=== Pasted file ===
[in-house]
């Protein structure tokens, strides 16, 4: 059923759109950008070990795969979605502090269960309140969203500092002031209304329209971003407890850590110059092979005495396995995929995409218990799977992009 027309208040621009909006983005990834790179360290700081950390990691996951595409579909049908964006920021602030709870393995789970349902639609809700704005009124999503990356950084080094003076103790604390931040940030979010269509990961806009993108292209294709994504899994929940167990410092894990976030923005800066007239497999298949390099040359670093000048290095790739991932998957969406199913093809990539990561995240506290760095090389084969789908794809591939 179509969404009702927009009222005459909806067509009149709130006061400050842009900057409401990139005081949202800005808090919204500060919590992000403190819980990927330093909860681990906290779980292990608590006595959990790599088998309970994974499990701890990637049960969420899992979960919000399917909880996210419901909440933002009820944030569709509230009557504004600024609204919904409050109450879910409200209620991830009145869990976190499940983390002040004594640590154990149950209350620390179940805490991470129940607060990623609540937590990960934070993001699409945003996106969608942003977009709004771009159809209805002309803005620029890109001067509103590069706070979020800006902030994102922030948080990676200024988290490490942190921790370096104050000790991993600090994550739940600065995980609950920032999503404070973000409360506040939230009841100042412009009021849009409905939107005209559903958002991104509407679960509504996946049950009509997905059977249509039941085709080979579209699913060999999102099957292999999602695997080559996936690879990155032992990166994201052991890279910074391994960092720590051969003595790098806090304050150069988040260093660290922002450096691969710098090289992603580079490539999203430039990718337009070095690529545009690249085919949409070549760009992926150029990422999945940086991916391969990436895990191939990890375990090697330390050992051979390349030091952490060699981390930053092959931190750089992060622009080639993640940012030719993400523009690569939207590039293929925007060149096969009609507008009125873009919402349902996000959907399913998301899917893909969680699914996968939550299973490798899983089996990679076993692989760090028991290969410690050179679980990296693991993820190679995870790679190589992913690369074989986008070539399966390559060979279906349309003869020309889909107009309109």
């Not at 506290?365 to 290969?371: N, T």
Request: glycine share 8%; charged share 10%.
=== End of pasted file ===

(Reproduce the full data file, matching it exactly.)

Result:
[in-house]
């Protein structure tokens, strides 16, 4: 059923759109950008070990795969979605502090269960309140969203500092002031209304329209971003407890850590110059092979005495396995995929995409218990799977992009 027309208040621009909006983005990834790179360290700081950390990691996951595409579909049908964006920021602030709870393995789970349902639609809700704005009124999503990356950084080094003076103790604390931040940030979010269509990961806009993108292209294709994504899994929940167990410092894990976030923005800066007239497999298949390099040359670093000048290095790739991932998957969406199913093809990539990561995240506290760095090389084969789908794809591939 179509969404009702927009009222005459909806067509009149709130006061400050842009900057409401990139005081949202800005808090919204500060919590992000403190819980990927330093909860681990906290779980292990608590006595959990790599088998309970994974499990701890990637049960969420899992979960919000399917909880996210419901909440933002009820944030569709509230009557504004600024609204919904409050109450879910409200209620991830009145869990976190499940983390002040004594640590154990149950209350620390179940805490991470129940607060990623609540937590990960934070993001699409945003996106969608942003977009709004771009159809209805002309803005620029890109001067509103590069706070979020800006902030994102922030948080990676200024988290490490942190921790370096104050000790991993600090994550739940600065995980609950920032999503404070973000409360506040939230009841100042412009009021849009409905939107005209559903958002991104509407679960509504996946049950009509997905059977249509039941085709080979579209699913060999999102099957292999999602695997080559996936690879990155032992990166994201052991890279910074391994960092720590051969003595790098806090304050150069988040260093660290922002450096691969710098090289992603580079490539999203430039990718337009070095690529545009690249085919949409070549760009992926150029990422999945940086991916391969990436895990191939990890375990090697330390050992051979390349030091952490060699981390930053092959931190750089992060622009080639993640940012030719993400523009690569939207590039293929925007060149096969009609507008009125873009919402349902996000959907399913998301899917893909969680699914996968939550299973490798899983089996990679076993692989760090028991290969410690050179679980990296693991993820190679995870790679190589992913690369074989986008070539399966390559060979279906349309003869020309889909107009309109």
């Not at 506290?365 to 290969?371: N, T």
Request: glycine share 8%; charged share 10%.